To create an instrument, for example, you’d begin by clicking on the Instruments shortcut item, choose one by name or by scoping the thumbnail previews, and then either double-click or drag the thumbnail to rack or sequencer. Browsed audio files can be dragged directly to an audio track, to an empty part of the sequencer (where new tracks are automatically created to receive them), or to a rack device like the Kong Drum Designer, to load them as samples. It’s a flexible, helpful and intuitive system.
The browser also maintains a search facility which is claimed to be faster than before. It works, for sure, but it’s something of a blunt instrument. Searches take place in the part of the file system you happen to be in, which is to say you get most success and quickest results when you’ve already guided the browser towards the relevant folders or ReFill. It’s not so good for searching whole drives. The other big disappointment is that you can only search by name, and there’s nothing like the tag-based approach that is so effective and useful in hub software like Native Instruments’ Komplete Kontrol or Arturia’s Analog Lab. So there’s no easy way to pull together all vocal-type patches, for example, other than those that happen to have the word ‘vocal’ in their filename or enclosing folder.
Hand in hand with visual changes come less obvious functional enhancements. The main Create menu, and its pop-up right-click contextual counterpart, is much better organised. Propellerhead now have just three categories of devices — Instruments, Effects and Utilities — and have done away with the increasingly arbitrary distinction between ‘studio’ and ‘creative’ effects. What’s more, devices and Rack Extensions should be easier to find now that they’re categorised and grouped either as ‘Reason devices’ or by their developer’s name. And there’s a really nice touch in the way that Reason 8 keeps track of devices you create and use a lot, and dynamically assembles lists of them in the relevant submenus. That’s going to save a lot of mouse and trackpad zig-zagging.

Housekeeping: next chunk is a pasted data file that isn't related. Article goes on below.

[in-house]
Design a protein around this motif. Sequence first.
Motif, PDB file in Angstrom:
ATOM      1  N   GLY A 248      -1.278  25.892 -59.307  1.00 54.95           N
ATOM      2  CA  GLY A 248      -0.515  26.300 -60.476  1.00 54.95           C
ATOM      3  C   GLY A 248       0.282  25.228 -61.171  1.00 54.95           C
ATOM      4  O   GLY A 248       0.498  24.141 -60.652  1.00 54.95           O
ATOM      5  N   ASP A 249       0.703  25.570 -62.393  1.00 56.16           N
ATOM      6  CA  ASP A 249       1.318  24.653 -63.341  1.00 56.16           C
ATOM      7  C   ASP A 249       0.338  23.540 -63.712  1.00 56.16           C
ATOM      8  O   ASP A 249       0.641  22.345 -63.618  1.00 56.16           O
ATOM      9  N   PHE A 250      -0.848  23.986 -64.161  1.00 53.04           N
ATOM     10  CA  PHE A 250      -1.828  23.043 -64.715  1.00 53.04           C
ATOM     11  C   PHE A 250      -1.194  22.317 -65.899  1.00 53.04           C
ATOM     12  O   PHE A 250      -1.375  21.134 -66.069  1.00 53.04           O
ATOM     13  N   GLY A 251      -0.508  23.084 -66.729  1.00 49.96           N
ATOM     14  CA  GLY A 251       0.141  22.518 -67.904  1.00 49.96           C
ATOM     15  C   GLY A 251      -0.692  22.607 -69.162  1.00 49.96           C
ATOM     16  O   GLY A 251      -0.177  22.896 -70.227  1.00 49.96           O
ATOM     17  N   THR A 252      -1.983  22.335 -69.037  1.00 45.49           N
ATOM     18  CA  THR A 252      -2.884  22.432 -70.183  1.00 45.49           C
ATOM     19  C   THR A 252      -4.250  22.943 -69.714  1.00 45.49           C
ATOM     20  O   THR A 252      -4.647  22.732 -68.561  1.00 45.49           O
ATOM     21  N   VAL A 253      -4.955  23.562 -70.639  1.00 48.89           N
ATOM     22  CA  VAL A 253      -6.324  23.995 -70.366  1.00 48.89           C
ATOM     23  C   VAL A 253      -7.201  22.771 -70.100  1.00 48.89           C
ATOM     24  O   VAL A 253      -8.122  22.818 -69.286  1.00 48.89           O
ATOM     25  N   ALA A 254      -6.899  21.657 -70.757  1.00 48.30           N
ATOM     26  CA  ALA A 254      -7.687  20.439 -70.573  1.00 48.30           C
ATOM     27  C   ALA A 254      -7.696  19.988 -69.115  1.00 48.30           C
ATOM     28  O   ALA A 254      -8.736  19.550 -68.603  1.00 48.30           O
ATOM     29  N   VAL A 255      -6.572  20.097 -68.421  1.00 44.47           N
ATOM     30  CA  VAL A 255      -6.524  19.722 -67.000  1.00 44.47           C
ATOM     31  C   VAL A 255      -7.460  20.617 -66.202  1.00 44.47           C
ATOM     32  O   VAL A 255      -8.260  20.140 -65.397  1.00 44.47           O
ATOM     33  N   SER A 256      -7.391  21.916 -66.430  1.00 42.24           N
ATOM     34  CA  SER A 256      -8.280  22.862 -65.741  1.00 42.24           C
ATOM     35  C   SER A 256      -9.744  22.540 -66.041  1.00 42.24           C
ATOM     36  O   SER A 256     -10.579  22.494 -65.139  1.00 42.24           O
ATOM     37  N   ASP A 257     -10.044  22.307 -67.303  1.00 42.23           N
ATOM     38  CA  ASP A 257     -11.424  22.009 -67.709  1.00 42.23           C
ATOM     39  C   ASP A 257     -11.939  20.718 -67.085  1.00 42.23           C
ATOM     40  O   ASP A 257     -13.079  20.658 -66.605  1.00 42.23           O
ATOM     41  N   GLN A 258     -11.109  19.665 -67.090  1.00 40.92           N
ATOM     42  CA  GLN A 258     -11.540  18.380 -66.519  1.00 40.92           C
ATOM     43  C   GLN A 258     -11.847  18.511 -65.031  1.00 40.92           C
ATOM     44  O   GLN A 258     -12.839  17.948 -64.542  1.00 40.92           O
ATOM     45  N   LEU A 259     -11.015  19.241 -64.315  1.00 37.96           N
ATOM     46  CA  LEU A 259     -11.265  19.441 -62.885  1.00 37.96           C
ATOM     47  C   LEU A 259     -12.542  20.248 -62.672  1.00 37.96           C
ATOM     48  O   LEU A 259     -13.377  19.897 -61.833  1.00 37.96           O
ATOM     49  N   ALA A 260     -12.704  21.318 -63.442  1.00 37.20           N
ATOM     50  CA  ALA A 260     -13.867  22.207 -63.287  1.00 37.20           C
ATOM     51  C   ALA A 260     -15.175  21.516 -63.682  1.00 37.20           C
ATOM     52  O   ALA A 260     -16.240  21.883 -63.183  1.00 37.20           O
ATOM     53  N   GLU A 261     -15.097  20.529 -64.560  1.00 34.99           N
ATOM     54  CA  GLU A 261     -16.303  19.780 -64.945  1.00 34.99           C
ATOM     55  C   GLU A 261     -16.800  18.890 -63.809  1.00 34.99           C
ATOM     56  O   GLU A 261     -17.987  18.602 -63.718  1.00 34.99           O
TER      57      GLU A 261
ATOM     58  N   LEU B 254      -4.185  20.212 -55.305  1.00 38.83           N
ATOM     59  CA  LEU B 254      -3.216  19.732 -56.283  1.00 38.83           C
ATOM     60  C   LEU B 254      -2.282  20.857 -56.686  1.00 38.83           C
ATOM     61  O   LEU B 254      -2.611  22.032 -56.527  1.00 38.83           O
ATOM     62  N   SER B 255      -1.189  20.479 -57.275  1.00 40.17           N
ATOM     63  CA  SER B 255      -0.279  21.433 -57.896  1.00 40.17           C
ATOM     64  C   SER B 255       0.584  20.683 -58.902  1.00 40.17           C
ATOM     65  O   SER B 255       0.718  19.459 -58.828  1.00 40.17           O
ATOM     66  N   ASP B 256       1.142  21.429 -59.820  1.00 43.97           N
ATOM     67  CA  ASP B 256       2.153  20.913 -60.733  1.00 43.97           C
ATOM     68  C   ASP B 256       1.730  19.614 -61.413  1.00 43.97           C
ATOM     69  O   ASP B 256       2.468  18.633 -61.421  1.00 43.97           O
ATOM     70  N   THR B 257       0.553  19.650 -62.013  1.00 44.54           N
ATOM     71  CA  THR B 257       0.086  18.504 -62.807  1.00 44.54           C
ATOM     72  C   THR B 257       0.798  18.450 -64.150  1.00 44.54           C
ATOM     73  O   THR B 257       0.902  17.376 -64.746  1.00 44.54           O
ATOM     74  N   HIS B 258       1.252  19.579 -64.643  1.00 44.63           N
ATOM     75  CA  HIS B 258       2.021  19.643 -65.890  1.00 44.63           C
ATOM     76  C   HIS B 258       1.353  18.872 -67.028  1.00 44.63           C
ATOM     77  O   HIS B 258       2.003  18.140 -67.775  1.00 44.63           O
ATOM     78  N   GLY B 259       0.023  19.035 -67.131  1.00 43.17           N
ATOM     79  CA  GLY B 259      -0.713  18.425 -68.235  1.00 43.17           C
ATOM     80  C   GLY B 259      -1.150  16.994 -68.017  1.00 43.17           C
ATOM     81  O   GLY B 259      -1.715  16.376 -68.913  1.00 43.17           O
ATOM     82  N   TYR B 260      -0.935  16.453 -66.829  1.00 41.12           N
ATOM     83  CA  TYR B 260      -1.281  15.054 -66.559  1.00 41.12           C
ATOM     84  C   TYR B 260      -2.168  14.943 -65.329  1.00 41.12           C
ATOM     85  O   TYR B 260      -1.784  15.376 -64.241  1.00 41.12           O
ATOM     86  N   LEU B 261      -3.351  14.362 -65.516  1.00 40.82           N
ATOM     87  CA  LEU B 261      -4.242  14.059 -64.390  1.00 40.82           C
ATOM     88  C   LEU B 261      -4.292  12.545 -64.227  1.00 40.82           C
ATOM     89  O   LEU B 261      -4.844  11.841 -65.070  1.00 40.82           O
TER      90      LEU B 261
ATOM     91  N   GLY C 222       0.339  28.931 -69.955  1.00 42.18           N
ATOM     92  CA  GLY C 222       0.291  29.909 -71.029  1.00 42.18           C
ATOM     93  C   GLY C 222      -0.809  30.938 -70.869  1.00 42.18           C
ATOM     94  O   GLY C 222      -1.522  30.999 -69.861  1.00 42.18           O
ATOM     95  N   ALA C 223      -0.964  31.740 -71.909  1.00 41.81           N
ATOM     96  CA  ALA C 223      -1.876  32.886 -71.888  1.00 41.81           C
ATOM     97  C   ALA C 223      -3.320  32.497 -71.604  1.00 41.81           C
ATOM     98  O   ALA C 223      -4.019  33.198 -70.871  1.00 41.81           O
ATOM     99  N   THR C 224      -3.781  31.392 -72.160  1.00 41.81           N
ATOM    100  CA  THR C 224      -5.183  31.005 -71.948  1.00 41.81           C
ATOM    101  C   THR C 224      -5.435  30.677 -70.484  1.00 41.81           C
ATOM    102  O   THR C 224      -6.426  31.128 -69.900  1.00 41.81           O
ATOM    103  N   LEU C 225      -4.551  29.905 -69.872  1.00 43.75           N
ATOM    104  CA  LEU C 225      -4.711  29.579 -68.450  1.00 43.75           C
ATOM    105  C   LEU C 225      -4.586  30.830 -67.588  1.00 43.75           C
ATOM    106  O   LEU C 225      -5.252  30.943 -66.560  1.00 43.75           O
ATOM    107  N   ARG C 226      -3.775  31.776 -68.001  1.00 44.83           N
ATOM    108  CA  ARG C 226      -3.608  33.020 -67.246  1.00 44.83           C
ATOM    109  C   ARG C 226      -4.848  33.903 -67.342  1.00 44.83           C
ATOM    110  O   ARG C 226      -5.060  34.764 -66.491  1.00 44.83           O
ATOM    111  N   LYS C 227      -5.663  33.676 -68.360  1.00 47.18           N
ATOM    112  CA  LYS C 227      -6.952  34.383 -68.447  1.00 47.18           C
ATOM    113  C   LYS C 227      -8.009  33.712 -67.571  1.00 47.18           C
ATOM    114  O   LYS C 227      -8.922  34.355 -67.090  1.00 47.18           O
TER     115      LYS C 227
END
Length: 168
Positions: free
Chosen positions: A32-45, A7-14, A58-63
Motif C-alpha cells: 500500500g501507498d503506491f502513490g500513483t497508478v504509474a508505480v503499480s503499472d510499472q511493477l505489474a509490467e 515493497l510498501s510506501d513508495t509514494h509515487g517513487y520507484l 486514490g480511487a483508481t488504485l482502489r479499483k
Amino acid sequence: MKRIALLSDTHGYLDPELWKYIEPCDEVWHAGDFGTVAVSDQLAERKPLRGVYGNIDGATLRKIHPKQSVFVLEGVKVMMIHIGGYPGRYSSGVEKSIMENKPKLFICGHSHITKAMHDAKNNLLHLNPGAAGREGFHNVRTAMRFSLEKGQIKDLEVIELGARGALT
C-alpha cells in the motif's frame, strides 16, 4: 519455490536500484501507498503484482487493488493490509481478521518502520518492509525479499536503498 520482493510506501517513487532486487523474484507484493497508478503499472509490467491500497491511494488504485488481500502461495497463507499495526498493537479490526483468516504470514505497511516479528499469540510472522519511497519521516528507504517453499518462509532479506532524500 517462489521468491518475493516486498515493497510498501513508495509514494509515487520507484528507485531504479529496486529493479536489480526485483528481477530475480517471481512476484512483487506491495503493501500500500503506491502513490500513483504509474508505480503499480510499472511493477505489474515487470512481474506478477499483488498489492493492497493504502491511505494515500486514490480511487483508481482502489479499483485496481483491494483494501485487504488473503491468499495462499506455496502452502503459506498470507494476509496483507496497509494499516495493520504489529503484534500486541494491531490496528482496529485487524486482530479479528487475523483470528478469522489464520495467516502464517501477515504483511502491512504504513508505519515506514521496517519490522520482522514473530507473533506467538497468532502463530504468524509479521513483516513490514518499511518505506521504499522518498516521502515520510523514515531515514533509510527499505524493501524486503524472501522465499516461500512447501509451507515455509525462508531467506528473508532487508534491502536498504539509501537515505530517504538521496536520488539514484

Elsewhere, there are sensible improvements in track-naming behaviour, and some useful little tweaks of clip, note and automation editing behaviour in the sequencer that make for much less tool switching.
Here’s one of the other biggies of Reason 8: two new guitar amp devices. Amp and Bass Amp are part of the standard device bundle, but they’re actually developed by Softube, and are badged as such. Interestingly they’re not Reason 8 exclusives, and are available to purchase as Rack Extensions by users of version 6.5 or 7.
Both devices are very straightforward to use, offering straight amp and cabinet simulations only. There are five amps and four cabinets in Amp, two amps and three cabinets in Bass Amp, and both have appropriate gain, drive and EQ facilities. To my ears they sound incredibly convincing, and respond just like the real thing — no more, no less. If that isn’t the ultimate accolade I don’t know what is! They have a very broad range of applications too, from clean and jazz tones to high-gain stuff with masses of attitude. And while there’s no virtual miking or dedicated pedalboard-like environment, such as the one offered in Logic X, the amps can of course be combined with other effect devices, and lots of these more complex setups are provided as factory patches for Reason’s Combinator device.
Some hipsters may have wished for a more rarefied ‘boutique’ feel with these new amps, and clearer references to specific manufacturers and models from guitar history. However, even if the Softube amps look a touch generic, the sound is anything but, and they get the job done admirably.
Reason 8 has been marketed with typical Propellerhead self-assurance and a good deal of hype. But compared to what was offered in other whole-point releases (and even some incremental ones, like the groundbreaking 6.5) the new features are rather underwhelming, I think. Ignore the slogans, get down to brass tacks, and what we have is a rejigged browser (which refines rather than redefines how we work), replacement guitar devices, and user interface tweaks. Shouldn’t this have been a ‘point’ release, and provided for free to existing Reason 7 users?
Looking at it optimistically, maybe this first iteration of Reason 8 is the platform on which all sorts of tasty enhancements can be built in future. Perhaps it’ll be 8.1 or 8.5 that really knocks everyone’s socks off. Also I guess the new browser arrangements and interface changes might be a step towards a tablet and touchscreen-dominated future. Reason on iPad, anyone?